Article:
Recently, I attended the FemCatholic Conference. Surrounded by strangers all day, I nonetheless found myself chatting them up and ended the day feeling excited and energized. My boyfriend informed me that feeling energized after a day surrounded by people is exactly the definition of not being an introvert. So even being with strangers is less exhausting now that I’m managing my social anxiety well*.

But this is all semantics, right? Why does it matter whether whether I call myself an extrovert or an introvert?

It’s a good question, especially for a self-righteous “But I have a bachelor’s degree in psychology” person who regularly goes on rants about the over reliance on the Myers-Briggs and similar personality assessments. (The Big Five is obviously better, amirite, psych majors?)

It’s true that judging other people or ourselves based on whether we’re an INFJ or an ENFJ is not good. But I do believe that these labels can help us understand ourselves and other people – and relate to ourselves and other people – better.

Why is it important for me to understand that I’m an extrovert? Because when I know I’m going to have a few evenings alone, I can plan ahead of time to schedule a girls’ night or a date with my boyfriend that week. Why is important for me to understand that my boyfriend is an introvert? Because when he tells me he needs a night to myself, I understand that it’s not a rejection of me or of spending time with me – he just needs to recharge.

In his encyclical “Fides et Ratio” (“Faith and Reason”), St. Pope John Paul the Great wrote, “God has placed in the human heart a desire to know the truth—in a word, to know himself—so that, by knowing and loving God, men and women may also come to the fullness of truth about themselves.” He continues, “The admonition Know yourself was carved on the temple portal at Delphi, as testimony to a basic truth to be adopted as a minimal norm by those who seek to set themselves apart from the rest of creation as ‘human beings’, that is as those who ‘know themselves’.”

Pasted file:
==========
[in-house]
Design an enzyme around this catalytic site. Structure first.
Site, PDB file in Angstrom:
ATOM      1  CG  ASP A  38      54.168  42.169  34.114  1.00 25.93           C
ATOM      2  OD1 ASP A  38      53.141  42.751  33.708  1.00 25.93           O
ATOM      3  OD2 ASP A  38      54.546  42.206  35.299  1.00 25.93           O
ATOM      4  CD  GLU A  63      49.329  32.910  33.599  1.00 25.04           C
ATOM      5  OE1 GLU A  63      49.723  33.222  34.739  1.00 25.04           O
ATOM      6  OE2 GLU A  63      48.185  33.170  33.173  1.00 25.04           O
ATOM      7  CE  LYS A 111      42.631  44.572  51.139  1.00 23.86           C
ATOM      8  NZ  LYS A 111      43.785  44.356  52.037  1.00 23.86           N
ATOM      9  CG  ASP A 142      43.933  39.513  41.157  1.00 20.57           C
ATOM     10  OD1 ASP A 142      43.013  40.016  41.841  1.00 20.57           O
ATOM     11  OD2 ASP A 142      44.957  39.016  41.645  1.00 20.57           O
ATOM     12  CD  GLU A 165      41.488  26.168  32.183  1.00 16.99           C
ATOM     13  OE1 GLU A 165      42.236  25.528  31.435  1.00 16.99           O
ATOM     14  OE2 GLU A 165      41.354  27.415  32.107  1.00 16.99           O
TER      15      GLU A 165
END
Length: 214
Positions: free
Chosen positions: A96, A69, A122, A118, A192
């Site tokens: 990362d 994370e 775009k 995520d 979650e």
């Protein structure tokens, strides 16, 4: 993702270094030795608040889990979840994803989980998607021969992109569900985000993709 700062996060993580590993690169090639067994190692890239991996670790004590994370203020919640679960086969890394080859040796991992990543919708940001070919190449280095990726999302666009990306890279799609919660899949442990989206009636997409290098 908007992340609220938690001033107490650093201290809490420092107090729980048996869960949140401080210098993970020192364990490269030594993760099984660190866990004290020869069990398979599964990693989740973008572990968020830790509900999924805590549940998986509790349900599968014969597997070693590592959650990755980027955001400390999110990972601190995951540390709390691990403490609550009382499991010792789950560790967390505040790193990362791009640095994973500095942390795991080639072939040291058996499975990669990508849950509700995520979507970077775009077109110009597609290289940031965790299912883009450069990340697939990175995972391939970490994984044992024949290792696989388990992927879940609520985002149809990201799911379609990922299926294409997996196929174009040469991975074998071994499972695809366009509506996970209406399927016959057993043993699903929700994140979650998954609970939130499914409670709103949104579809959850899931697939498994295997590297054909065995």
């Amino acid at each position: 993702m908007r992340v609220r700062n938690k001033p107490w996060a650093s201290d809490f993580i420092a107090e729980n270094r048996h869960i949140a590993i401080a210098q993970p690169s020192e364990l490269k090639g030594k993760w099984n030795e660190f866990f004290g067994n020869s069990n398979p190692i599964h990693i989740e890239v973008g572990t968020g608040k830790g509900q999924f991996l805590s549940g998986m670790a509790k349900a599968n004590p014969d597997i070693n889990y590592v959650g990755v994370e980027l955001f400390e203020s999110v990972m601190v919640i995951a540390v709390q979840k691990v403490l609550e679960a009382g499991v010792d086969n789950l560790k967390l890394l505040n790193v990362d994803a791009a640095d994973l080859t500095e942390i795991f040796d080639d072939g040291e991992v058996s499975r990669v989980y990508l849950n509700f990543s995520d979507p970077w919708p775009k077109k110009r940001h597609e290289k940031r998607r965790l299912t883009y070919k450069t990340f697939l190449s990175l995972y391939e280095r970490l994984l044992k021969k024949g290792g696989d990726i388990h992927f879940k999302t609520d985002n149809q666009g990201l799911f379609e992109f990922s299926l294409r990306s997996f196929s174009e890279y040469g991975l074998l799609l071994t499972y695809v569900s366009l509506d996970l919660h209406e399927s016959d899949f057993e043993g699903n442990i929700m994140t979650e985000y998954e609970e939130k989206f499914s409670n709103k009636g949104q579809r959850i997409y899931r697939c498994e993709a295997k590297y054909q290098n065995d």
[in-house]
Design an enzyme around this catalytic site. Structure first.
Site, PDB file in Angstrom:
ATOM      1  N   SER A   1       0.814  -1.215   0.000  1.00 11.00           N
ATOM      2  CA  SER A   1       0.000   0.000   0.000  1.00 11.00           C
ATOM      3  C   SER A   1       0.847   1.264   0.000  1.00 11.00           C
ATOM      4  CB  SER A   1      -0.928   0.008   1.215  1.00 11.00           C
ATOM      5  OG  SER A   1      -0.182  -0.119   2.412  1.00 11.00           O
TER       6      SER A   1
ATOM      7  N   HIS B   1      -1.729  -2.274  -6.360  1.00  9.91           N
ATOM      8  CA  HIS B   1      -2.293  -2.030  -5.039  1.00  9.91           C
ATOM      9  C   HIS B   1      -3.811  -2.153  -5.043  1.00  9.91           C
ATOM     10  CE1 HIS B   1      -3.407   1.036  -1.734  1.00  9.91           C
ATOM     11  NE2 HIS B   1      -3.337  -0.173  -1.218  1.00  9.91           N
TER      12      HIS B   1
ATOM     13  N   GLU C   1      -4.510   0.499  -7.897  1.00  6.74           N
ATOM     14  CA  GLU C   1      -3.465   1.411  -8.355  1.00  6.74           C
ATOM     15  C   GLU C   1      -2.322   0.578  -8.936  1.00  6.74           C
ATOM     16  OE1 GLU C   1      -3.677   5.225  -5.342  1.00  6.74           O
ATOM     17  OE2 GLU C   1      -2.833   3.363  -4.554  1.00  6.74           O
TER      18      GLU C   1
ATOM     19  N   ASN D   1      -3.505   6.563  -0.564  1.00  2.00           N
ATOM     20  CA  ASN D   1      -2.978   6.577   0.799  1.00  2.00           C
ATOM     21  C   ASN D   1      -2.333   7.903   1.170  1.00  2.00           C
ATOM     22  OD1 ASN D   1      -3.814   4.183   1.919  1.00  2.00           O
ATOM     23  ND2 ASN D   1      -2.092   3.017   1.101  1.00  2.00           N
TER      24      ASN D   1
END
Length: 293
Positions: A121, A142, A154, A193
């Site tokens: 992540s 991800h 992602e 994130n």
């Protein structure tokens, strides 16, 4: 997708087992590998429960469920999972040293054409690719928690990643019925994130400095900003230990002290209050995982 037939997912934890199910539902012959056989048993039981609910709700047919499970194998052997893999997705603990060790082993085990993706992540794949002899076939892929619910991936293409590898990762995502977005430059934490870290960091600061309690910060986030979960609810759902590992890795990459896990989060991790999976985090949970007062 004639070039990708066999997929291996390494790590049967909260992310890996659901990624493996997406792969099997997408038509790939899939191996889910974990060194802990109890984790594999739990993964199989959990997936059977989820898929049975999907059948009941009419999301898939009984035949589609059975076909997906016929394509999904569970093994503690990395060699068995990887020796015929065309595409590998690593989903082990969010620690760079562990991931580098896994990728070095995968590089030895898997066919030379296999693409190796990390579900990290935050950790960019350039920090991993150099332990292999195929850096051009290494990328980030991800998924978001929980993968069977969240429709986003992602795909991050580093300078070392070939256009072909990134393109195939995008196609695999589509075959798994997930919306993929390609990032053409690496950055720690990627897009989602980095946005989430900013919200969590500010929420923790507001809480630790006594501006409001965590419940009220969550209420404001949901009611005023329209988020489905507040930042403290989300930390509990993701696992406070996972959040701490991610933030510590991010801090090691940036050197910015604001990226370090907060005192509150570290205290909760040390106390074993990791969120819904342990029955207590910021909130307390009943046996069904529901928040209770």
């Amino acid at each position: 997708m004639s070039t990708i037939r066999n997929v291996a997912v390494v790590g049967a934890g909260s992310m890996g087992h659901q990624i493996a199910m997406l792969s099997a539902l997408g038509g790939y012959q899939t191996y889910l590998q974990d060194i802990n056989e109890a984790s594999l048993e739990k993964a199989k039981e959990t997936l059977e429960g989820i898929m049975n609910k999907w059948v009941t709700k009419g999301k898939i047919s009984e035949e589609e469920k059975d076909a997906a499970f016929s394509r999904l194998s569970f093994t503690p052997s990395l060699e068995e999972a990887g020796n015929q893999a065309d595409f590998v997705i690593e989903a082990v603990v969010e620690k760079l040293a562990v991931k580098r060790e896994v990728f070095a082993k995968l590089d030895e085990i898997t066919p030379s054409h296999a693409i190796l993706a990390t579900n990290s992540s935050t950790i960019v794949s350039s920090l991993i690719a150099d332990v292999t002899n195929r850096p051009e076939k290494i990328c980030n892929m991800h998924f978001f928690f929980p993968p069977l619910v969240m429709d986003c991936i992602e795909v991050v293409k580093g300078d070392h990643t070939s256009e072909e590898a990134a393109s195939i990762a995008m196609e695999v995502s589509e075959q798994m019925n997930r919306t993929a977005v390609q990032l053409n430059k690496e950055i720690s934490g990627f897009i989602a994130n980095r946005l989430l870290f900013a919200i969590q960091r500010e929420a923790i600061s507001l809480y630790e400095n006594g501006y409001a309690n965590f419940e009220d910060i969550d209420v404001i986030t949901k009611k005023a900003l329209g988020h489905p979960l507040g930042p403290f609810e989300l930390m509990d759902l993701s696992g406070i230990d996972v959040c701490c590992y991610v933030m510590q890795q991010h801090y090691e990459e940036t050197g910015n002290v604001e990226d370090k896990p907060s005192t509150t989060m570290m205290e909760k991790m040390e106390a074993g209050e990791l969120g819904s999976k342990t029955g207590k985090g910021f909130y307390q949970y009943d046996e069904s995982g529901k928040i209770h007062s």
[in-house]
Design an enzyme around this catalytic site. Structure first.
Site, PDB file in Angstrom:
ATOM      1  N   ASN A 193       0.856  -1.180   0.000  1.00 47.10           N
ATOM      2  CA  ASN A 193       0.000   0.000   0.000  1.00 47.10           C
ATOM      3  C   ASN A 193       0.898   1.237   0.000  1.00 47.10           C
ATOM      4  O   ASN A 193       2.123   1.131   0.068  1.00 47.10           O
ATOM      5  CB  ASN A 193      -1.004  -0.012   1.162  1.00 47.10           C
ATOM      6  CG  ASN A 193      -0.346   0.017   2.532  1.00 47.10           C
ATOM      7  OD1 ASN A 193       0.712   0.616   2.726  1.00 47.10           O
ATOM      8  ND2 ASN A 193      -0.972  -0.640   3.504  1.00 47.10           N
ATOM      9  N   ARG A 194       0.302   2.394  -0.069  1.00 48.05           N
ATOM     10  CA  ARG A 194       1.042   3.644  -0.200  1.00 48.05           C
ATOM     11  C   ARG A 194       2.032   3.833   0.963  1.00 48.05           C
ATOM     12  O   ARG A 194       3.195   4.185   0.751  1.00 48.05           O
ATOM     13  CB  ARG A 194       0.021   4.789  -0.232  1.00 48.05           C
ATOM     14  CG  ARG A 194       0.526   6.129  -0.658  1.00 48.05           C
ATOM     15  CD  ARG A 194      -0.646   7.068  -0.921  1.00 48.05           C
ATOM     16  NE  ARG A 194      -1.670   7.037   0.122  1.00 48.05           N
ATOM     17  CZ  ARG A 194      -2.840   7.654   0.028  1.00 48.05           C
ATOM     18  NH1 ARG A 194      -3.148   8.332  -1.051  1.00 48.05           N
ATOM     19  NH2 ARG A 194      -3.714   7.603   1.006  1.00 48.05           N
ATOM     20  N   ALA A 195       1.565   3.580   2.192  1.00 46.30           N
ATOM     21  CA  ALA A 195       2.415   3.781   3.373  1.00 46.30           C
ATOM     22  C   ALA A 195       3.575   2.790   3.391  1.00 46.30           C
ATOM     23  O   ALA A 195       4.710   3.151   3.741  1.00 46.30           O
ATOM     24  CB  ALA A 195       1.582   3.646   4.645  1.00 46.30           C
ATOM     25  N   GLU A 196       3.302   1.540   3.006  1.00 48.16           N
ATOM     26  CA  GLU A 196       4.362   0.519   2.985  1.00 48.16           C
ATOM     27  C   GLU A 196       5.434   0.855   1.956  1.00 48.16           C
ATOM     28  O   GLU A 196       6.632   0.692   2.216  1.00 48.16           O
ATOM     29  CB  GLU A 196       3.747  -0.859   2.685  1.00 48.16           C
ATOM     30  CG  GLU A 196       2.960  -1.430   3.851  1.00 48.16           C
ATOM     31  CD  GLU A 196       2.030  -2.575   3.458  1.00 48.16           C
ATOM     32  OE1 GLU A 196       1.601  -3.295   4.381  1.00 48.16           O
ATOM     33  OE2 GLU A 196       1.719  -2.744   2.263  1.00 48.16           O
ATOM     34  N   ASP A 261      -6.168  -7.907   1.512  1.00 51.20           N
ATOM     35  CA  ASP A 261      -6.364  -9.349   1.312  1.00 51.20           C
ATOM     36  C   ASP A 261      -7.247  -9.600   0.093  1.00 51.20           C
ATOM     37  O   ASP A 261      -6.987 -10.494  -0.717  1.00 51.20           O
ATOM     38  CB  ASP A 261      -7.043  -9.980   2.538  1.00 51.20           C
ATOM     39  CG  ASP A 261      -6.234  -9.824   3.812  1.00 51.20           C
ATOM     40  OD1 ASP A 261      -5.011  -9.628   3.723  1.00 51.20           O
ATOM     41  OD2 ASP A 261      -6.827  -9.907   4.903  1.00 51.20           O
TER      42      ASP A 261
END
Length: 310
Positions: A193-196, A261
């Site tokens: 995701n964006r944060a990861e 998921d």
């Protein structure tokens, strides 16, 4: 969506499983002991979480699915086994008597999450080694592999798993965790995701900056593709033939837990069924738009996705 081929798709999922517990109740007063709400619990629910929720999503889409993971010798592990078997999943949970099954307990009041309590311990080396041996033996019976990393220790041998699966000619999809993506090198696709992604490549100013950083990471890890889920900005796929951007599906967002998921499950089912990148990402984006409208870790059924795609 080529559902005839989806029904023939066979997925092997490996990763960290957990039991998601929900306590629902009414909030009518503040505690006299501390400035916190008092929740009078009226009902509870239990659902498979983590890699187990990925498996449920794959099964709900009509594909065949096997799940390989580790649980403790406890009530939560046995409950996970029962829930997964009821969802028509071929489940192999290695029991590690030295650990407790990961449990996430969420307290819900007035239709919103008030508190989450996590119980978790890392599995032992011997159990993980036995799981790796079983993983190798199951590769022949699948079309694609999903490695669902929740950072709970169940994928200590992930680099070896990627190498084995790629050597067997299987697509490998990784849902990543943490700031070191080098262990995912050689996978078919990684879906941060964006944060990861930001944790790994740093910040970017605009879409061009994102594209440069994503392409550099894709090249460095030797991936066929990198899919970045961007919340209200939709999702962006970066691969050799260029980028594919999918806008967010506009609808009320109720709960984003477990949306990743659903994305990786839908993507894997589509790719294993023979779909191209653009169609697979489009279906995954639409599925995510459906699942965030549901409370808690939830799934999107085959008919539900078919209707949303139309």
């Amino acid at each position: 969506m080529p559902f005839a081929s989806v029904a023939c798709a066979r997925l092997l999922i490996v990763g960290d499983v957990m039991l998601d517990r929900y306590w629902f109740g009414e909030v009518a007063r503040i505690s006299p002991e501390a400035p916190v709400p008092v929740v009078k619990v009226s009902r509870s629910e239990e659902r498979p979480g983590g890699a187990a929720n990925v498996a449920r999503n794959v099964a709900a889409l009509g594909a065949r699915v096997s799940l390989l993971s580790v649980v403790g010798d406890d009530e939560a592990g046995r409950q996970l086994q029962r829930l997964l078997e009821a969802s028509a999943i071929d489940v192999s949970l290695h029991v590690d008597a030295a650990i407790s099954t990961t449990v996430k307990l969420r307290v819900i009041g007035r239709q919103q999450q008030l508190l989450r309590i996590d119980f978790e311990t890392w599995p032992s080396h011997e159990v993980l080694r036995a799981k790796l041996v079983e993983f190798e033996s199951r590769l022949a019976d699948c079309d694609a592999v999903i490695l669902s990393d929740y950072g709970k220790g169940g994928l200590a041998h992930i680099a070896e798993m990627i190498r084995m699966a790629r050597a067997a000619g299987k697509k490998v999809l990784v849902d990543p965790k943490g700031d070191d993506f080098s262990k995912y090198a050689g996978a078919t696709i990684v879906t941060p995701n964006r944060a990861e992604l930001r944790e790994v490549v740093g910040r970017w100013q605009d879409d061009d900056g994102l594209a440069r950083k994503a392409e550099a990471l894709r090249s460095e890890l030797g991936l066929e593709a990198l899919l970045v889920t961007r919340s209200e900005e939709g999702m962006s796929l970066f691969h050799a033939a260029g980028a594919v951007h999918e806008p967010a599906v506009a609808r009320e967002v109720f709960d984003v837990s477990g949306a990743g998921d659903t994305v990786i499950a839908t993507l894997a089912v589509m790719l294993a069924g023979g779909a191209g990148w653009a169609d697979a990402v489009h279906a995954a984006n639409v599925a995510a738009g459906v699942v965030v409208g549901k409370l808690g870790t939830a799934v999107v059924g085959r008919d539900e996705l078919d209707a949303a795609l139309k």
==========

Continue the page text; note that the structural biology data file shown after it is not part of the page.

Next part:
So, while I will continue to argue against an over-reliance on the Myers Briggs in the workplace to anyone who will listen to me, and while I will never introduce myself as an ENFJ (I did re-take the Myers Briggs, or at least a free one on the internet, and my I turned to an E), I will always encourage myself, the people around me, and the one or two people on the internet who read my blog to learn about ourselves. Having the language to describe our personalities and our preferences is helpful in learning about the person God made us to be.

So, I’m an extroverted, socially anxious Catholic/writer/public speaker/editor/musician/friend/sister/daughter/aunt/godmother/girlfriend who loves to be with other people but sometimes is impatient with them and wants to curl up on her couch and read a book.

Who are you?

 

 

*Most days

5 Takeaways from the First Annual FemCatholic Conference

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Full disclosure: I am about to rave about a conference held by a website for which I am a contributing writer. Hopefully, that doesn’t diminish my credibility; the only thing that would have changed had I experienced the 2019 FemCatholic Conference not as a FemCatholic contributing writer is that I wouldn’t have experienced the feeling of pride for being part of such an incredible event.

FemCatholic is a blog. At least, it started as a blog. It’s grown to be a website with many passionate contributors, a Facebook group with a diverse membership of Catholic women, and a live (hopefully annual) conference. It was founded by Samantha Povlock to respond to Pope St. John Paul the Great’s call: